A top Government official today warned that Barbados’ agriculture sector was now at the point of crisis, and its food security under severe threat.
The Permanent Secretary in the Ministry of Agriculture, Food, Fisheries and Water Resource Management, Esworth Reid, issued the grim assessment as he addressed the official launch of the Youth Agri-preneurship Incubator Programme, which aims to attract young people to the industry.
While welcoming the European Union-funded initiative, Reid pointed out that recent “reliable” studies had shown that the greater part of our farming community in Barbados and the wider Caribbean was over the age of 60.
Therefore, “if a concerted and serious effort is not made to replenish this creative segment of the farming community, our agriculture sector and our food security in the very near future will be seriously compromised,” he said.
Reid further cautioned that the agriculture sector had either reached or was bordering “crisis status”, while noting that there were a number of young people who were eager to come up with innovative and workable ideas that could help the sector.
However, he said some people “in management and decision making positions” were quick to dismiss their ideas and say they cannot work, without even considering them.
“Such an attitude is non-productive and people who are placed in positions of management of any form of decision making that can adopt such an attitude can only be referred to as professional obstructionists to the country’s progress,” charged Reid.
“I cannot help but to say that Barbados might have missed out on becoming the hub of innovation in the area of scientific research and development, especially in an important economic sector such as agriculture . . . because of this kind of attitude that only stagnate the chances for progress,” he added.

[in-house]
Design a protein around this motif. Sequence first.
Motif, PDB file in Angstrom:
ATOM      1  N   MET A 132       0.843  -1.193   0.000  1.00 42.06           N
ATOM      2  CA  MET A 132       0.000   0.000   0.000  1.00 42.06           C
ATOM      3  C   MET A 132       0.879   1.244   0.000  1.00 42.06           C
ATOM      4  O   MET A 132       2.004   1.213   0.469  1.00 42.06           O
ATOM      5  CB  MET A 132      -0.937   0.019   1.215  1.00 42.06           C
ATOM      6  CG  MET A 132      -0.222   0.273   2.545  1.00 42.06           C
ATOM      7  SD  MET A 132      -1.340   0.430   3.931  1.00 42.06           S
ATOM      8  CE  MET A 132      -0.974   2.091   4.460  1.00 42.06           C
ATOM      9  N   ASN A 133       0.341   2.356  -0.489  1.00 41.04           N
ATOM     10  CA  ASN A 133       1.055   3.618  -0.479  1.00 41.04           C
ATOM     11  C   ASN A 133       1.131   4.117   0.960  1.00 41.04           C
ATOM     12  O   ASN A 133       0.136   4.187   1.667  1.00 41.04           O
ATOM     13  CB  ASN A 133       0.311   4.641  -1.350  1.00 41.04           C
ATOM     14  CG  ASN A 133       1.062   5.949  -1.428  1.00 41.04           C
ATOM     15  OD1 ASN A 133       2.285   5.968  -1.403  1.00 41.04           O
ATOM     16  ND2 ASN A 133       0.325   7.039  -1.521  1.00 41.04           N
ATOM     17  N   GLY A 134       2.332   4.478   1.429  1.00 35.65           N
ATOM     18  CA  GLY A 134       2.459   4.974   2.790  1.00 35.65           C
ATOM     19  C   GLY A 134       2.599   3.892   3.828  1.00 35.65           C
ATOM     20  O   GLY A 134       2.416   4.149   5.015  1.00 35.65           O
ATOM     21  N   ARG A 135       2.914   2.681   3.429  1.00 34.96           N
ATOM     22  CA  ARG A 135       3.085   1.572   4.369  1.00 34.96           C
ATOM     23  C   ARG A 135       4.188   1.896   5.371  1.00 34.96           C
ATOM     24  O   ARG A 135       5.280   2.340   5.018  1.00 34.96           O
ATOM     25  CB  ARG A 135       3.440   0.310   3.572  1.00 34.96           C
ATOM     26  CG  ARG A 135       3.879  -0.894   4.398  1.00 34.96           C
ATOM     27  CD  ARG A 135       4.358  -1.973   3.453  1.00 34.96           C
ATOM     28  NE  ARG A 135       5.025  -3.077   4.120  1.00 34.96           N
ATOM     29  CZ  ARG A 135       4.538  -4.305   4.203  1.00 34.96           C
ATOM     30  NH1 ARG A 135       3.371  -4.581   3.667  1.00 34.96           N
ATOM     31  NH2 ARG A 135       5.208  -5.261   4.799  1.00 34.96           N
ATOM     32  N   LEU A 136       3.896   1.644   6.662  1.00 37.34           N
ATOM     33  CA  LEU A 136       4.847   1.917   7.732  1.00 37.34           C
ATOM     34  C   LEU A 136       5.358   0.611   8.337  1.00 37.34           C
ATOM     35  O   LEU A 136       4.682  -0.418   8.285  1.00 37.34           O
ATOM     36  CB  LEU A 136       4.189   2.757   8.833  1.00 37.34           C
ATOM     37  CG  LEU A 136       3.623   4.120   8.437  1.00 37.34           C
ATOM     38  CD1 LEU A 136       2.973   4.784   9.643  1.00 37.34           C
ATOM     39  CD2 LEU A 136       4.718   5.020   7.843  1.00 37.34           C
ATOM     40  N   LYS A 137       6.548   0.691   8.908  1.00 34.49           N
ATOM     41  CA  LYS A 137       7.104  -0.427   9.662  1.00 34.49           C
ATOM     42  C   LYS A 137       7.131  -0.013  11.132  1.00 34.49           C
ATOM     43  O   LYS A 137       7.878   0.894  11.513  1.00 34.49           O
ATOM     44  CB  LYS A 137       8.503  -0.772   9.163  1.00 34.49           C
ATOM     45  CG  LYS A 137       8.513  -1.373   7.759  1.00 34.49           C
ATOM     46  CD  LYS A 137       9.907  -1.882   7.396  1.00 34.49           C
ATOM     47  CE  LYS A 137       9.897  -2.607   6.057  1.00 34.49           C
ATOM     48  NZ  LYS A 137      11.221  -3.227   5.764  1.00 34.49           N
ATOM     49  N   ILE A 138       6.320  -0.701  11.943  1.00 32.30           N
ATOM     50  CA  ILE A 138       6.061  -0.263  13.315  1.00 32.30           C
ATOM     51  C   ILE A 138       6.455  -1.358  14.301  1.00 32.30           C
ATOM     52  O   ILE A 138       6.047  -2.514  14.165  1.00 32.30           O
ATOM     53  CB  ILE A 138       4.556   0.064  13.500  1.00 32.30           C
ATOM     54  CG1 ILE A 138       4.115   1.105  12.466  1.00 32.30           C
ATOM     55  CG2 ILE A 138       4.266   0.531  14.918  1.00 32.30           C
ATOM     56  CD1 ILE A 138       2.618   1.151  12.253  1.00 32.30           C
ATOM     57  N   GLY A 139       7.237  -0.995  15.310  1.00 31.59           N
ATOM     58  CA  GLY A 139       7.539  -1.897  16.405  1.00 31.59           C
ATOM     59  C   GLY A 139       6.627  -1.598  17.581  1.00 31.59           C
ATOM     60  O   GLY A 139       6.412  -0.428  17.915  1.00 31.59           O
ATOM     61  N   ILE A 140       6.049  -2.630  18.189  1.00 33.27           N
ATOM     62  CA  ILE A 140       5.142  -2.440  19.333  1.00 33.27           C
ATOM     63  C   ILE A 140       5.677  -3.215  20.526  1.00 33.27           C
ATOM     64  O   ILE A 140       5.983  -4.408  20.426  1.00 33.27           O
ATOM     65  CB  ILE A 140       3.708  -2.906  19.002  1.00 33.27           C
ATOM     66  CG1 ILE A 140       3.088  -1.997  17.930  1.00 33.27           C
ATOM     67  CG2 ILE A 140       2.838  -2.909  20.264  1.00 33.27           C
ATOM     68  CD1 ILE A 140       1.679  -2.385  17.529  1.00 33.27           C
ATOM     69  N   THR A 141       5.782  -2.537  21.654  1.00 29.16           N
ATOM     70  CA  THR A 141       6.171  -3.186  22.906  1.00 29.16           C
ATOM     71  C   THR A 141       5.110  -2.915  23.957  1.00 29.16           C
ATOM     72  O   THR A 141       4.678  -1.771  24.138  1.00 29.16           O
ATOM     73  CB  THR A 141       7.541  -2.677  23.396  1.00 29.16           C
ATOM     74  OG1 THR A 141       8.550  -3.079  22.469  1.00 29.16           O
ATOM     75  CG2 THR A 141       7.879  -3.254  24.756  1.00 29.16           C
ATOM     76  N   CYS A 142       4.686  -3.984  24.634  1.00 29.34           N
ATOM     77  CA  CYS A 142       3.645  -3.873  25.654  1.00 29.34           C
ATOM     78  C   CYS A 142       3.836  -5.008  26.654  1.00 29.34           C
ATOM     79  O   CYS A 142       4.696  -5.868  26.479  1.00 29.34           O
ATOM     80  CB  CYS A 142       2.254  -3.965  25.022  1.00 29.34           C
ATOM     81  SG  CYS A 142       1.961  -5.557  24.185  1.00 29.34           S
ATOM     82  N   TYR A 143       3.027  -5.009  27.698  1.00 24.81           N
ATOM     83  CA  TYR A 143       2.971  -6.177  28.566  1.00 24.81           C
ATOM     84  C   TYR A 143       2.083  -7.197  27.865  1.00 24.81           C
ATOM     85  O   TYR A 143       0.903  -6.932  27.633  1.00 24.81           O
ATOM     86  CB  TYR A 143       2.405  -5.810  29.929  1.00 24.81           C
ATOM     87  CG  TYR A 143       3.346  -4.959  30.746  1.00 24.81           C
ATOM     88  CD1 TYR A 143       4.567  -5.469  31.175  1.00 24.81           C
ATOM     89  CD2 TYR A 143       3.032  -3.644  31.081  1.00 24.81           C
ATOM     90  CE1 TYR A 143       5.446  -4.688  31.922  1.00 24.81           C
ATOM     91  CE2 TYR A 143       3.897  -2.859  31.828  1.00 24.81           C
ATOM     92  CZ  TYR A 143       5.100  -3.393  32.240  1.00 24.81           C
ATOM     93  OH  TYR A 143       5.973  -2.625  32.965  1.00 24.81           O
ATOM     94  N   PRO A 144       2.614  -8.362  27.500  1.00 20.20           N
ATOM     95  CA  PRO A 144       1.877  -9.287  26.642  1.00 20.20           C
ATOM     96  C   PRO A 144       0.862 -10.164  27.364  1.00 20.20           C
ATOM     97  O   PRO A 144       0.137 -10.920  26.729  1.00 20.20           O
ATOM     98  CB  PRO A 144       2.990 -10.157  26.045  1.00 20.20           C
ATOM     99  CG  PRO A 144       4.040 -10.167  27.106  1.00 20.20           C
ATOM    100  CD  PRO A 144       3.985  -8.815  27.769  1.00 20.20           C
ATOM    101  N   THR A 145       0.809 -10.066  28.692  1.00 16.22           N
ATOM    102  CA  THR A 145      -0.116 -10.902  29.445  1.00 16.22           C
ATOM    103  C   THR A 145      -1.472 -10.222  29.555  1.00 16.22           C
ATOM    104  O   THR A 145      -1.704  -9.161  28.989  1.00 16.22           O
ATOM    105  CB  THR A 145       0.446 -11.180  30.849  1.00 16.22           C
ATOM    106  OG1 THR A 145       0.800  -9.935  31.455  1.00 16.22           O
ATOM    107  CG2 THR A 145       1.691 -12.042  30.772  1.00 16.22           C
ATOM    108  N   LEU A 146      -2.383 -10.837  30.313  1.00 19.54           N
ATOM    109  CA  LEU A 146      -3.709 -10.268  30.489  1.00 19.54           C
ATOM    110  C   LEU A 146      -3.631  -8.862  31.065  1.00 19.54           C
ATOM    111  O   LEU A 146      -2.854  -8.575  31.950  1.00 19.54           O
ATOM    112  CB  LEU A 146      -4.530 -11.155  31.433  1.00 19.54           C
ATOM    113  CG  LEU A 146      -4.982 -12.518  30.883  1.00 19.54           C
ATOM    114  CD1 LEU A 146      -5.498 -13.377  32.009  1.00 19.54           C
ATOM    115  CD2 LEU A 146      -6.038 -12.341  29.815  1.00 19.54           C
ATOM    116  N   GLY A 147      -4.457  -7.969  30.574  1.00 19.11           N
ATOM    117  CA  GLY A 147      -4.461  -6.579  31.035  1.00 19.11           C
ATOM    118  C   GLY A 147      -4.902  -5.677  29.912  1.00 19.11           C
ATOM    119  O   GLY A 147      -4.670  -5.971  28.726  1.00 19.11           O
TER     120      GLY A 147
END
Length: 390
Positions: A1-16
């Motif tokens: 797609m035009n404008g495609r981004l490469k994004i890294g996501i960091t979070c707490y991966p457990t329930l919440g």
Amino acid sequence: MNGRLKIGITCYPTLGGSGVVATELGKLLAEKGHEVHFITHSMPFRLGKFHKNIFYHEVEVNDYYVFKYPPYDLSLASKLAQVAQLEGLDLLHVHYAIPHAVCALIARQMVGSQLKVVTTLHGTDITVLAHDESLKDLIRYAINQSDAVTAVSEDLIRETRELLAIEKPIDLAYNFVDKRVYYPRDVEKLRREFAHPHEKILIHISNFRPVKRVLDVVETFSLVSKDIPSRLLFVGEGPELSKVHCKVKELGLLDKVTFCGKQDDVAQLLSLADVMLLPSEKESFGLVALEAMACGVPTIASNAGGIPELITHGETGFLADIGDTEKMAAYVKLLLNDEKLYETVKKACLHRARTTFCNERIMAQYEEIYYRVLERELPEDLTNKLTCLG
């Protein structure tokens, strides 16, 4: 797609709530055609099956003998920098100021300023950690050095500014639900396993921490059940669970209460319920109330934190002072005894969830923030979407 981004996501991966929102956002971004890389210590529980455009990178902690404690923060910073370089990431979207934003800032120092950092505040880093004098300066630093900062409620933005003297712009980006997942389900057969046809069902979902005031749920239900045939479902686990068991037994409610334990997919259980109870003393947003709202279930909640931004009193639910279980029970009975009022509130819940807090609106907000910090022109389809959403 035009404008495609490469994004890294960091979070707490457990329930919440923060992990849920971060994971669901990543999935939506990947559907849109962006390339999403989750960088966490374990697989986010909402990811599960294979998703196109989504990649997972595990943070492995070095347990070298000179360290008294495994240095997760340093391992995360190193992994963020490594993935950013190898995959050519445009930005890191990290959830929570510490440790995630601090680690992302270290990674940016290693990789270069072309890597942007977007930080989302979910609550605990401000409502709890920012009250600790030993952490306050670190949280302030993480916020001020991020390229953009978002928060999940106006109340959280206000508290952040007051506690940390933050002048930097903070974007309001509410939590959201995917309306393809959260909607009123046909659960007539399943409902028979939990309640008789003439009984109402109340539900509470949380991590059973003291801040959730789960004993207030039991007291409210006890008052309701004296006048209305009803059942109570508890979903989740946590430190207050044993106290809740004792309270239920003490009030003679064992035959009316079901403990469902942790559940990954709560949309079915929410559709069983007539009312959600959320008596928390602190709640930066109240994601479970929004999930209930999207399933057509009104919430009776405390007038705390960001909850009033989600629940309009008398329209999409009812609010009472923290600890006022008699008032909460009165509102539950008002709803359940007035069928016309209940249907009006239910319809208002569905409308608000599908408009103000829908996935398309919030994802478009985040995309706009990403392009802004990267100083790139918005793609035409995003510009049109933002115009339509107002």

Based on the amount of money spent on education and training over the years, the agriculture official also strongly contended that the island should have been “on the cutting edge of scientific research and development”.
“This, however, is not the case. Many developing countries have moved ahead of us, especially in alternative methods of agricultural produce,” Reid said.
He said he was hoping that the new agri-preneurship programme, which will focus on organic farming, business development, research methods and technology in agriculture, would help to address the issues.
“Other than just focusing on sand and sea we need to use our human resource and our land to research, to develop and grow. It however, needs the kind of unwavering support of our political leaders and those in decision making positions in the private sector where most of the financial resource is, to make things happen.”
In giving his assessment of the situation, the Chief Executive Officer of the Barbados Agricultural Society (BAS) James Paul said he did not agree with Reid that the entire agriculture sector was at a crisis point.
However, Paul, who is also a Government backbencher, conceded that critical steps needed to be taken in order to keep it alive.
He explained that by increasing the yield of some crops, especially sugar cane and cotton, operational costs could be driven down.
In terms of decision-making, Paul lamented that there were too many inconsistencies.
“. . . sometimes at different levels you find different levels of cooperation in the industry and I think that has been the problem,” he said.
“What is more important is that we involve people in the industry. There are some people who do not have businesses in agriculture and they want to tell people in agriculture how to run their businesses. They cannot do that.
“What we need to see is a more bottom up approach to the management of the industry where those people who actually manage agriculture businesses they are listened to more. That would address the slowness of decision makers,” said Paul.